The bluest of all blues. That’s the hue that comes to mind’s eye when I dream of Morocco. The blue of the ocean that gently torments and teases the shore. The blue of the precious lapis lazuli that emerges from beneath the earth to reflect the cosmic wonders of the night sky.
The Old Medina of Fez
Fez–also known as Fes–is a city in northern inland Morocco. The second largest city in Morocco after Casablanca, the Holy City is home to a population of 1.22 million. Located to the northeast of the Atlas Mountains, Fez is situated at a crossroads which connects the important cities of different regions. Surrounded by hills, the old city is centred around the Fez River which flows from west to east. The word Fez is derived from the Arabic word فأس Faʾs which means pickaxe. Legends say Idris I of Morocco used a silver and gold pickaxe to create the lines of the medina.
From its inception, the Holy City was populated by learned people and theologians. Fes-el-Bali, the oldest walled part of Fez, abounds in subtle, refined palaces and grand homes that display the most sophisticated decorations in all of Morocco. The old city presets itself as a maze of tangled little streets that go off in all directions. The climate subsists by way of brutal winters and scorching summers.
The University of Al-Karaouine, also known as Qarawiyyin Mosque, remains the beating heart of the city, setting the pulse throughout the bustling mercantile district. In accordance with the Islamic paradigm of city planning, the district was organised by trade. Spice merchants, coppersmiths, carpenters, tailors, weavers and tanners all formed their own small islands within the city–each with its own sounds, rhythms and scents.
The Qarawiyyin Mosque is located near the Suq al-‘Attarin Spice Market of Fez al-Bali. It is one of the world’s oldest universities and among the largest mosques in Africa. The mosque was founded by Fatima al-Fahri, the daughter of a wealthy Qayrawani immigrant. Fatima al-Fihri used her inheritance to fund the construction of the mosque for her community. Her intention: to give back to the city that had welcomed her family. They immigrated when she was young from the Tunisian city of Kairouan–the namesake of the mosque and madrasa.
In the tenth century, the mosque became the congregational mosque of the quarter of al-Qarawiyyin. Surrounded by madrasas, the mosque was a major intellectual centre in the medieval Mediterranean. It is considered the oldest scholastic foundation ever established and its hallways once boasted distinguished teachers and students. Its prestigious academic reputation may have transcended religious divisions with records suggesting that Gerbert of Auvergne (930-1003 CE), who would become Pope Sylvester II, was once a student at al-Qarawiyyin.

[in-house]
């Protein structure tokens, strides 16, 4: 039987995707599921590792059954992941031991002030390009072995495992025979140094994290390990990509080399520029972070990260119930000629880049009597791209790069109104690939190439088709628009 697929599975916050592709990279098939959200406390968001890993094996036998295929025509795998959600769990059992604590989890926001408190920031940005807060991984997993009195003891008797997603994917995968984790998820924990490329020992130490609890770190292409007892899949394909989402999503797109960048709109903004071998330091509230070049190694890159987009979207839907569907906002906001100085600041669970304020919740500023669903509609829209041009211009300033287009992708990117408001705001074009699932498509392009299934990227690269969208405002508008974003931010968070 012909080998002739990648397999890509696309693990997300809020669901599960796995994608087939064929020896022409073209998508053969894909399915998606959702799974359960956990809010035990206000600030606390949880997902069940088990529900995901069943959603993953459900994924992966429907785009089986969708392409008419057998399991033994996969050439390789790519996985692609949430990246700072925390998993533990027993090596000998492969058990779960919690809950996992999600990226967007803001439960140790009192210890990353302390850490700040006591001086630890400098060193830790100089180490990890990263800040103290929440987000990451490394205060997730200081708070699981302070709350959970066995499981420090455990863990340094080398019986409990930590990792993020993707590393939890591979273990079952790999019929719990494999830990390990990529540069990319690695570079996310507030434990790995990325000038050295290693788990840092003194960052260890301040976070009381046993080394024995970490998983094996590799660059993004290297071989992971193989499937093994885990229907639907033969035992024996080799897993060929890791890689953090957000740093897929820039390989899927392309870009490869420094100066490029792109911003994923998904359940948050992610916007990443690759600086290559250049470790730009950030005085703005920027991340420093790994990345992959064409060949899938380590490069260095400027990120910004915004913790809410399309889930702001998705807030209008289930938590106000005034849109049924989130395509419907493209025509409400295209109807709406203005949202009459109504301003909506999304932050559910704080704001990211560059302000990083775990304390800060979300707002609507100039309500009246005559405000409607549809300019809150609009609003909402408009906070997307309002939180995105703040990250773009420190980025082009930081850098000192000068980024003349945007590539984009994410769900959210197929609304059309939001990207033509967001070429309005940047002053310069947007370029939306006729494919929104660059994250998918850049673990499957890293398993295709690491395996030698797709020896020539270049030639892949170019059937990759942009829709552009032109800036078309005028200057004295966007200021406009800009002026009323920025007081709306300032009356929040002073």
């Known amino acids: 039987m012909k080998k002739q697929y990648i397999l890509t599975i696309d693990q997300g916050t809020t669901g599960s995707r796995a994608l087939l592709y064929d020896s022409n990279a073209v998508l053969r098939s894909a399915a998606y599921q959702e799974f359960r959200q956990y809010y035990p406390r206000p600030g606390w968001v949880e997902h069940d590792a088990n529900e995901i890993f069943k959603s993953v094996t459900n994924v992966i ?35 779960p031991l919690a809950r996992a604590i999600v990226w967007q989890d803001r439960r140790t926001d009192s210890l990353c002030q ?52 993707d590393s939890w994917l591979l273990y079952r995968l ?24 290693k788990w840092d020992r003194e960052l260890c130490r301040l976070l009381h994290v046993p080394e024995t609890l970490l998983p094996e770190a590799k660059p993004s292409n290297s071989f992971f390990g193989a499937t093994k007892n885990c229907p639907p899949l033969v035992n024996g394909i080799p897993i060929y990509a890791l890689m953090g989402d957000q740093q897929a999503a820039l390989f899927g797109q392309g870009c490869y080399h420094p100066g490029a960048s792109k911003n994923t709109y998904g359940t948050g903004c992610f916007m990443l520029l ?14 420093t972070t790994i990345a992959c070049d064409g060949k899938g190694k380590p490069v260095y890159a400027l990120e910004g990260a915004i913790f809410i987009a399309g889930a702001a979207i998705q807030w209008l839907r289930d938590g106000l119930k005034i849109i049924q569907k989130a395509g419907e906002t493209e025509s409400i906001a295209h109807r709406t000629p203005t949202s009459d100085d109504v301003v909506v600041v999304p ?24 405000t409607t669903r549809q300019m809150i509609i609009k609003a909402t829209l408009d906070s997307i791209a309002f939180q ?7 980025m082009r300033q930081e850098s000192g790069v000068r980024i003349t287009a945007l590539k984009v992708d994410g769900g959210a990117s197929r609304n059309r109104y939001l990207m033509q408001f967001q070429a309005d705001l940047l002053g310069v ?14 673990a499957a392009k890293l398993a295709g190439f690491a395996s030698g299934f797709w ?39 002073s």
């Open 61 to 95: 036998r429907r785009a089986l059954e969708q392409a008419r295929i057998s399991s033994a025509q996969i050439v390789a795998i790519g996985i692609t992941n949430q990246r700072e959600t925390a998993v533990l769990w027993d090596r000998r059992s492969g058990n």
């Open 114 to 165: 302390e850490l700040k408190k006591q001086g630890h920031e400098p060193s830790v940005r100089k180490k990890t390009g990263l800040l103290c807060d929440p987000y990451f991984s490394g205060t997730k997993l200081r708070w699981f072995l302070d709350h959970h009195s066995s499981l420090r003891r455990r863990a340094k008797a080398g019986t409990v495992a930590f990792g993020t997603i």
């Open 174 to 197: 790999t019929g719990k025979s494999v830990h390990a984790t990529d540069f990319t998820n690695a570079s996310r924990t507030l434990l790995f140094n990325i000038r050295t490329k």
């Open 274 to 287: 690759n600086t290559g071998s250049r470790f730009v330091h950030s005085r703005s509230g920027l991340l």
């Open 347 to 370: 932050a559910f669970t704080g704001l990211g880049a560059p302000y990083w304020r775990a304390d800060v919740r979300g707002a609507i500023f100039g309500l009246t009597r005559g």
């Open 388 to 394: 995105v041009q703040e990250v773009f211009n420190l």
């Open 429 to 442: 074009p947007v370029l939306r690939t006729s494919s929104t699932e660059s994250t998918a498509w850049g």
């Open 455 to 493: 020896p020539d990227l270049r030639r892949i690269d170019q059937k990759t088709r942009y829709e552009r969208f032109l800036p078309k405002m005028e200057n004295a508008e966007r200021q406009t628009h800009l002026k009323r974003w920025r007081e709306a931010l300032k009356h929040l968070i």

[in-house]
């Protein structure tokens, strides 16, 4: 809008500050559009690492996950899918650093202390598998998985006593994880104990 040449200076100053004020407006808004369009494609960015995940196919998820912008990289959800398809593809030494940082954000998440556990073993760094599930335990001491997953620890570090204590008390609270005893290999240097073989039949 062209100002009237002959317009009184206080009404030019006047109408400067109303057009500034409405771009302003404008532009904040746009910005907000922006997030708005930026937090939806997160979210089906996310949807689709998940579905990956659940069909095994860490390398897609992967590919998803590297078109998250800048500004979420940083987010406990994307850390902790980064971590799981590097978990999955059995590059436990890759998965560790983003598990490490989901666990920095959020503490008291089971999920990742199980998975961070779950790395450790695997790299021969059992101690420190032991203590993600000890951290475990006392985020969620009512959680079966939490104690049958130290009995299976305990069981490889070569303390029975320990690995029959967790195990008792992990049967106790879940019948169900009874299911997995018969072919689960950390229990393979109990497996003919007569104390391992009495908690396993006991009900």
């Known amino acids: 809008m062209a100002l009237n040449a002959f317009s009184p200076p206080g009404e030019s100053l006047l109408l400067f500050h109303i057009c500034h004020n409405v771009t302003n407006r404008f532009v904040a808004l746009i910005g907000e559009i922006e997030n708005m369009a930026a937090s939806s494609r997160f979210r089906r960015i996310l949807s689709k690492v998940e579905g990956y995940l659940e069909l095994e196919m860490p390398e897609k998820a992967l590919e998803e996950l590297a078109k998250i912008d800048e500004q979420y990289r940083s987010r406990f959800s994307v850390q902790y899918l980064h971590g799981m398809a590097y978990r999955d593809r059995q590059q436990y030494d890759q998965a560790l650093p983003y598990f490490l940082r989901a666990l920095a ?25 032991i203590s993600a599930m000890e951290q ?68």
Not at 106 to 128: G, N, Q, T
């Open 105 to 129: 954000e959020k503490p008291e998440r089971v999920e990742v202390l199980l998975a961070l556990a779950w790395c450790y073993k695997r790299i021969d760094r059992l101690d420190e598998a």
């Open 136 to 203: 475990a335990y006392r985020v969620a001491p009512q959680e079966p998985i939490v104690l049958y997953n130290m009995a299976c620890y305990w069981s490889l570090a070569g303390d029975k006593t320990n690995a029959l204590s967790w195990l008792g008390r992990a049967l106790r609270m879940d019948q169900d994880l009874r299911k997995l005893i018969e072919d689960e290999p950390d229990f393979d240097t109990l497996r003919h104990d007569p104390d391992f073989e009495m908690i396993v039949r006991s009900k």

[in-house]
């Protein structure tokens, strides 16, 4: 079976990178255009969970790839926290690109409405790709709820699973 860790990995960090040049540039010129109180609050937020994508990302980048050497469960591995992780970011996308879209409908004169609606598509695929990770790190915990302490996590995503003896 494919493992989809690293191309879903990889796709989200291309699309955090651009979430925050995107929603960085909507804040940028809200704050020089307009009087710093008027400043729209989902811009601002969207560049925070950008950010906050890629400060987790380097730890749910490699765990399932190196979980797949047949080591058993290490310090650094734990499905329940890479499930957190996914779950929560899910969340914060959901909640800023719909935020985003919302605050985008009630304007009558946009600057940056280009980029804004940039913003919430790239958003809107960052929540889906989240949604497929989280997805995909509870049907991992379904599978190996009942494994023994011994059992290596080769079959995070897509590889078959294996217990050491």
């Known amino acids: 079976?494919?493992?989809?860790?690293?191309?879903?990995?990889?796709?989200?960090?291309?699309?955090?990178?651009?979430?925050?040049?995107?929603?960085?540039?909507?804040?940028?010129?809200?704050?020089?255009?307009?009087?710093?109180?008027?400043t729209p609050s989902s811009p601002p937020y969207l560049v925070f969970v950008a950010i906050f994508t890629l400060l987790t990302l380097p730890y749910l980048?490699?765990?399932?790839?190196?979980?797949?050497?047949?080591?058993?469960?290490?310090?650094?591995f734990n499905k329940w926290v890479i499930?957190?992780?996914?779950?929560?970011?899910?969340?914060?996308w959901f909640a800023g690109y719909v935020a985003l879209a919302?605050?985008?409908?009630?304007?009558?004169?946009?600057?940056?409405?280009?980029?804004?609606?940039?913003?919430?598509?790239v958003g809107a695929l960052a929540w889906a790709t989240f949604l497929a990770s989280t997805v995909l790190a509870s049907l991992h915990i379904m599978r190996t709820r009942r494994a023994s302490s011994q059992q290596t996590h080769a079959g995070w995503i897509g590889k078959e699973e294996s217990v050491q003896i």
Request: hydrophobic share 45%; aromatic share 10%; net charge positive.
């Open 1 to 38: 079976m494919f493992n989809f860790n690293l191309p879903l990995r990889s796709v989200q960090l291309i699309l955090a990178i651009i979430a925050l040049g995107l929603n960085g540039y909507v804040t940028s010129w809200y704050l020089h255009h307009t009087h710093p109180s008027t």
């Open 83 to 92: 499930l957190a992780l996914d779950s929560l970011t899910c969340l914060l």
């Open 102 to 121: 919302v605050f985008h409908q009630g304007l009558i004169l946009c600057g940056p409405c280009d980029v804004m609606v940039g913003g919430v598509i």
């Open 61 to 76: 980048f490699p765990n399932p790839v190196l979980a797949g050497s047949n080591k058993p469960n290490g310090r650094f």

The university library is home to a number of precious manuscripts including historic copies of the Quran. In eras gone by, religious education was not separated from secular education and the University of Al-Karaouine is a reminder of the flourishing spiritual context in which university education developed, evolved and even prospered.
Houses in Fes are covered with zellij. From the floors to the wooden panelling, a master craftsman knows all the traditional combinations as well as how to set them in different-sized areas. The zellij used for floors quietly boast a modest elegance that is far less intricate than that which graces the lower walls.
Zellij is an art form that features heavily in Moroccan architecture. The striking tile work is created using geometric tiles that are set in a plaster base to form wonderfully intricate patterns. The combinations for Moroccan tile patterns are endless and include squares, triangles, stars, diamonds, polygons and crosses. They are all fitted together in arithmetical fashion to form orderly and precise mosaics. It is a symphony of mathematics and art which successfully produces a visual masterpiece.
Like all ancient art forms, the creation of zellij requires the use of traditional methods with no shortcuts. Zellij begins its journey as a humble square of burnt soil–with the most suitable soil for the craft supplied from Fez–the city where zellij graces the courtyards and city walls.
In an era of on-demand technologies and quick fixes, it’s an exquisite experience to marvel at the historical traditions which continue on in the footsteps of their forebears. A certain heart is created in a home and in a business when it is adorned with artefacts imbued with passion, care, culture and heritage.
May the striking decor and intellectual heritage that defines the architectural legacy of Morocco live on in our homes, our cities and also our hearts.